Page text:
Phys. Rev. A 78, 052120 (2008)


An Information-Geometric Reconstruction of Quantum Theory, I: Abstract Quantum Formalism (2008)

Philip Goyal

In this paper and a companion paper, we show how the framework of information geometry, a geometry of discrete probability distributions, can form the basis of a derivation of the quantum formalism. The derivation rests upon a few elementary features of quantum phenomena, such as the statistical nature of measurements, complementarity, and global gauge invariance. It is shown that these features can be traced to experimental observations characteristic of quantum phenomena and to general theoretical principles, and thus can reasonably be taken as a starting point of the derivation. When appropriately formulated within an information geometric framework, these features lead to (i) the abstract quantum formalism for finite-dimensional quantum systems, (ii) the result of Wigner's theorem, and (iii) the fundamental correspondence rules of quantum theory, such as the canonical commutation relationships. The formalism also comes naturally equipped with a metric (and associated measure) over the space of pure states which is unitarily- and anti-unitarily invariant. The derivation suggests that the information geometric framework is directly or indirectly responsible for many of the central structural features of the quantum formalism, such as the importance of square-roots of probability and the occurrence of sinusoidal functions of phases in a pure quantum state. Global gauge invariance is seen to play a crucial role in the emergence of the formalism in its complex form.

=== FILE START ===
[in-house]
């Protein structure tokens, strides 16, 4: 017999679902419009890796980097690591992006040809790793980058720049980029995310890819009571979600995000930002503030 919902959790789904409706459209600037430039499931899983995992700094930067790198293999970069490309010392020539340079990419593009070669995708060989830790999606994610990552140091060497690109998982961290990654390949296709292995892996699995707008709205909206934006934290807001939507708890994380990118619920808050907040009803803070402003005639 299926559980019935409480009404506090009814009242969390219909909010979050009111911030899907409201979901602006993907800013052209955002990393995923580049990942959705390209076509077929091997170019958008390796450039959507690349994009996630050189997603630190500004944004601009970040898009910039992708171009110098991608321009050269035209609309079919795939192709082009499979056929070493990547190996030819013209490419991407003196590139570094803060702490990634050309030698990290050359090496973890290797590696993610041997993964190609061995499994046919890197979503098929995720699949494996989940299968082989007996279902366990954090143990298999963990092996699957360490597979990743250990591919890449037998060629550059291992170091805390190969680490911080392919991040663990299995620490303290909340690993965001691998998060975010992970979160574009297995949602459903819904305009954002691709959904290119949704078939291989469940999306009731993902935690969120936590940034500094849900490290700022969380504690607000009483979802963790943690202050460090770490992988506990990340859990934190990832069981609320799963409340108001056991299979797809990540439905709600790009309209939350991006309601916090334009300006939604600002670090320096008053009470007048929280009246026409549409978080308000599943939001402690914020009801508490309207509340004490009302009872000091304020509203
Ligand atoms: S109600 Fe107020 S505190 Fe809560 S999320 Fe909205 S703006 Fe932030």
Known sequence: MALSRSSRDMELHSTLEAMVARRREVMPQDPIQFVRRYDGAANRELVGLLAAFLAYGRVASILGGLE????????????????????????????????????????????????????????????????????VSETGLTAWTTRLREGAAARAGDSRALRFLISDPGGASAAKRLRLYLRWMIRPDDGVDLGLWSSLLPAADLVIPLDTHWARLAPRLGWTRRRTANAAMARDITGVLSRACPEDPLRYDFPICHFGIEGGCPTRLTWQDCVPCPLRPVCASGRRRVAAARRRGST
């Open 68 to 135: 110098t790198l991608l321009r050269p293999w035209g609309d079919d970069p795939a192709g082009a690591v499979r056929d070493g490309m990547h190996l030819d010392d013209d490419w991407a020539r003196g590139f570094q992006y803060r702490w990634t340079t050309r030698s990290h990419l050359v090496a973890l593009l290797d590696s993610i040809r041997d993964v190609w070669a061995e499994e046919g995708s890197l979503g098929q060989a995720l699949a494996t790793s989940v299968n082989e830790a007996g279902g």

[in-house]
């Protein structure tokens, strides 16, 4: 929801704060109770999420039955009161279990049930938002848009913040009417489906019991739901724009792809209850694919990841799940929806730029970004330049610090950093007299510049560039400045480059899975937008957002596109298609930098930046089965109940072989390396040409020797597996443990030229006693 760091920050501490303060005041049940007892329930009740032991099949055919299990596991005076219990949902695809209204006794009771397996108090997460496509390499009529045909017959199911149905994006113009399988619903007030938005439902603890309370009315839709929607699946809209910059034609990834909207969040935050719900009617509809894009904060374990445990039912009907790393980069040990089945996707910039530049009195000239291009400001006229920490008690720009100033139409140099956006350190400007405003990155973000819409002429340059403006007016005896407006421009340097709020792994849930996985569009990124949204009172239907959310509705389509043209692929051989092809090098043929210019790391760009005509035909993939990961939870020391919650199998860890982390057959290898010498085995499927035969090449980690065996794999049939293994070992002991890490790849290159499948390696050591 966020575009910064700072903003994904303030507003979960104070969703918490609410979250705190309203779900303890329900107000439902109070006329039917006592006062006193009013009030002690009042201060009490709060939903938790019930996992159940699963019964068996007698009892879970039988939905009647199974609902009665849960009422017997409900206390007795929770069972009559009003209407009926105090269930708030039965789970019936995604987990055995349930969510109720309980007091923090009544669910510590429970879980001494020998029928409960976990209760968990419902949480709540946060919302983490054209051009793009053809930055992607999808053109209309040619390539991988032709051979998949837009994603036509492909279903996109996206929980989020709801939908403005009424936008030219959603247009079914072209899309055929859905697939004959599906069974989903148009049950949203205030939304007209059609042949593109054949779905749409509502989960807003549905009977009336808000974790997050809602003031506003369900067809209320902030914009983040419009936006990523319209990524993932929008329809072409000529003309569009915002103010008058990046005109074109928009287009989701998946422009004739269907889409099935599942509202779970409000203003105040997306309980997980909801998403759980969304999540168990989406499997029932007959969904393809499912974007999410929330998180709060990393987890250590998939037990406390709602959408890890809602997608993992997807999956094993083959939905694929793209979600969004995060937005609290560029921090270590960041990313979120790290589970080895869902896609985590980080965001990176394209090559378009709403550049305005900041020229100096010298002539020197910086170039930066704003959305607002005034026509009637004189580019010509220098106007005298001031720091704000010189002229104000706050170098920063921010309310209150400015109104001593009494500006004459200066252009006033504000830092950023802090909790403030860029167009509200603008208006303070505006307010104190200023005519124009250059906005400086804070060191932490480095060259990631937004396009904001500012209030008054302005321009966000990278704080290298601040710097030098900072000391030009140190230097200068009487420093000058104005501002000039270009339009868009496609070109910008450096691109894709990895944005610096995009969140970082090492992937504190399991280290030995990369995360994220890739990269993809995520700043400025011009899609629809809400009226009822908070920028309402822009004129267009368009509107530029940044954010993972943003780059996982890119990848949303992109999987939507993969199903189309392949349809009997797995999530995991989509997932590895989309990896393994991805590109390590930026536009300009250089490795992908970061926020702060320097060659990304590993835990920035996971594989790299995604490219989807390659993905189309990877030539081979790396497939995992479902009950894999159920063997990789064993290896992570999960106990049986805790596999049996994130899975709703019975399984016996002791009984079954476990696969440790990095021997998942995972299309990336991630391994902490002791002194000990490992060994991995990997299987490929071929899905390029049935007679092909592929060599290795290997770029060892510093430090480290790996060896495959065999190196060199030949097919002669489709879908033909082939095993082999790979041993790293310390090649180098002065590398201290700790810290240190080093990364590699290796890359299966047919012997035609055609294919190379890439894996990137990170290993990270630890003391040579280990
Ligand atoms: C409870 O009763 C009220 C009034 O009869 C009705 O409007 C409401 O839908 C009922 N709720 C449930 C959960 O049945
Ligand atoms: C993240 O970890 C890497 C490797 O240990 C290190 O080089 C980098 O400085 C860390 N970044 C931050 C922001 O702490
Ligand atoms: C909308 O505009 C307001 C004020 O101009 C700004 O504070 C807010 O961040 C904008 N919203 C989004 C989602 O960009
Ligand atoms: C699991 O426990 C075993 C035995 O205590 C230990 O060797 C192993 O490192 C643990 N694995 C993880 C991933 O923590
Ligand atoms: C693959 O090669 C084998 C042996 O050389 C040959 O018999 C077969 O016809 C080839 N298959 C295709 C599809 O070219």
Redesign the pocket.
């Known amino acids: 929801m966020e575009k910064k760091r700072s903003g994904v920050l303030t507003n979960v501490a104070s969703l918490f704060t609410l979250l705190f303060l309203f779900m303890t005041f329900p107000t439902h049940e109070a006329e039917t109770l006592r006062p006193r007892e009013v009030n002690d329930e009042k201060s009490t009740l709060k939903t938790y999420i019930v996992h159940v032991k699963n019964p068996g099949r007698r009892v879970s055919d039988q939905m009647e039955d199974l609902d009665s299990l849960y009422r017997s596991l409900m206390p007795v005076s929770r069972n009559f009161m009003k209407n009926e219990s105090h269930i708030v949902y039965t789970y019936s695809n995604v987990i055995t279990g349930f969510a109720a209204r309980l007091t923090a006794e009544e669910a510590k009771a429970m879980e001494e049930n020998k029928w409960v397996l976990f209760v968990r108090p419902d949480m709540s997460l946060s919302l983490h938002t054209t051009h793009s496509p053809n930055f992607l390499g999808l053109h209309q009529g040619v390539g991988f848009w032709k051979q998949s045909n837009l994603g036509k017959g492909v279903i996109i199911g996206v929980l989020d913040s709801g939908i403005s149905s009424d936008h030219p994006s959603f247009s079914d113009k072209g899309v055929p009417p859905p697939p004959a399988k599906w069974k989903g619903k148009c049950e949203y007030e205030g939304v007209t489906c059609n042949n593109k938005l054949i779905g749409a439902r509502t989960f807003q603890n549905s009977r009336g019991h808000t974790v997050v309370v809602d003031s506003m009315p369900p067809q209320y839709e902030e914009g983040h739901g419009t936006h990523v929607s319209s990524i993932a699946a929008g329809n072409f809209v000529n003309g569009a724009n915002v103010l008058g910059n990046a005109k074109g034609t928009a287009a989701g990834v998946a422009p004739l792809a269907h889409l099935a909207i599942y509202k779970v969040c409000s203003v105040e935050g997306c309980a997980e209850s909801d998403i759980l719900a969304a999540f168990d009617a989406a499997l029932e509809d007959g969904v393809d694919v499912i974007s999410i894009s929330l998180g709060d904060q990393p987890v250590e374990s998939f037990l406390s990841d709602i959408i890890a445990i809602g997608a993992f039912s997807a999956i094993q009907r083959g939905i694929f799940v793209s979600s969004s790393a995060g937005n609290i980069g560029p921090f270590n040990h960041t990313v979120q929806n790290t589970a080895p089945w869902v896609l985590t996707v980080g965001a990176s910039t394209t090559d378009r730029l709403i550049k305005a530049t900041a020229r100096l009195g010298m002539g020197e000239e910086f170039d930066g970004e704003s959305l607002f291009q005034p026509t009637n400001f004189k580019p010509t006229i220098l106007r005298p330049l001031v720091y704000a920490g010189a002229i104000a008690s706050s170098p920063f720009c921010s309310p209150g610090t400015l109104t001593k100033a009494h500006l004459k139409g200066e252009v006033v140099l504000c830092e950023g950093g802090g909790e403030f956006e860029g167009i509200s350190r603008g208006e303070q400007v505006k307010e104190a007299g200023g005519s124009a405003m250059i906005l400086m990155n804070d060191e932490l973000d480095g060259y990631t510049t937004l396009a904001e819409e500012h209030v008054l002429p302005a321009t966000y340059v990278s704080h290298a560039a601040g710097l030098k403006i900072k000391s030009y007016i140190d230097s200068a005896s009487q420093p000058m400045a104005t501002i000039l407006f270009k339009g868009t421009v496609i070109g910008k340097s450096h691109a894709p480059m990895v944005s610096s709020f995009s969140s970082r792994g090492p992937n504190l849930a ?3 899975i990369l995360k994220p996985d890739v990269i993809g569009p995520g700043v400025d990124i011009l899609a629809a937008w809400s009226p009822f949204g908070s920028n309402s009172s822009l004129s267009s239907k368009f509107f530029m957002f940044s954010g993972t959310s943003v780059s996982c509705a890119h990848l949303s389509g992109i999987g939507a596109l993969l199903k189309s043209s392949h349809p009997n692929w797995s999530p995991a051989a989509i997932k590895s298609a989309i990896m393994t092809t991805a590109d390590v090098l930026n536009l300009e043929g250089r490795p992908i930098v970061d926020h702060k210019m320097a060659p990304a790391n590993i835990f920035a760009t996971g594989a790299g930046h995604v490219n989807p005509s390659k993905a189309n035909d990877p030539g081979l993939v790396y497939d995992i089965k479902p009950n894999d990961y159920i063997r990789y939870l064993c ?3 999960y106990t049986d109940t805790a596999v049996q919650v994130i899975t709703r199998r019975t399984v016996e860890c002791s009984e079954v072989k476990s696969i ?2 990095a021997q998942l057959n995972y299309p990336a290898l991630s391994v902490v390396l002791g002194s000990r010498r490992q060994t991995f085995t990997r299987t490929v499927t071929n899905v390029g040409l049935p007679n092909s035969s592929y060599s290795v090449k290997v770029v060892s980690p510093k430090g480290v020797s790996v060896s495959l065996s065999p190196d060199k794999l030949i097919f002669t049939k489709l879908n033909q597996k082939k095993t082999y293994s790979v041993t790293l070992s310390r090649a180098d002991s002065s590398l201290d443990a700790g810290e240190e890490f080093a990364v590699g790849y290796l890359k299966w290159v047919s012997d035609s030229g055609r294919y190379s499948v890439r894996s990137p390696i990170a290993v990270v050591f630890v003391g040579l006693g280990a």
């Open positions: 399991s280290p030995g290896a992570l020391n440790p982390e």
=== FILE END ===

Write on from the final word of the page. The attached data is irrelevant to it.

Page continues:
arxiv:0805.2761

An Information-Geometric Reconstruction of Quantum Theory, II: Correspondence Rules (2008)

Philip Goyal

In a companion paper (hereafter referred to as Paper I), we have presented an attempt to derive the finite-dimensional abstract quantum formalism within the framework of information geometry. In this paper, we formulate a correspondence principle, the Average-Value Correspondence Principle, that allows relations between measurement results which are known to hold in a classical model of a system to be systematically taken over into the quantum model of the system. Using this principle, we derive the explicit form of the temporal evolution operator (thereby completing the derivation of the abstract quantum formalism begun in Paper I), and derive many of the correspondence rules (such as operator rules, commutation relations, and Dirac's Poisson bracket rule) that are needed to apply the abstract quantum formalism to model particular physical systems.

arxiv:0805.2765

The Role of Information in the Probabilistic Reconstruction of Quantum Theory (2007)

Philip Goyal

In this paper, we explore the possibility that the concept of information may enable a derivation of the quantum formalism from a set of physically comprehensible postulates. Taking the probabilistic nature of measurements as a given, we introduce the concept of information via a novel invariance principle, the Principle of Information Gain. Using this principle, we then show that it is possible to deduce the abstract quantum formalism for finite-dimensional quantum systems from a set of postulates, of which one is a novel physical assumption, and the remainder are based on experimental facts characteristic of quantum phenomena or are drawn from classical physics. The concept of information plays a key role in the derivation, and gives rise to some of the central structural features of the quantum formalism.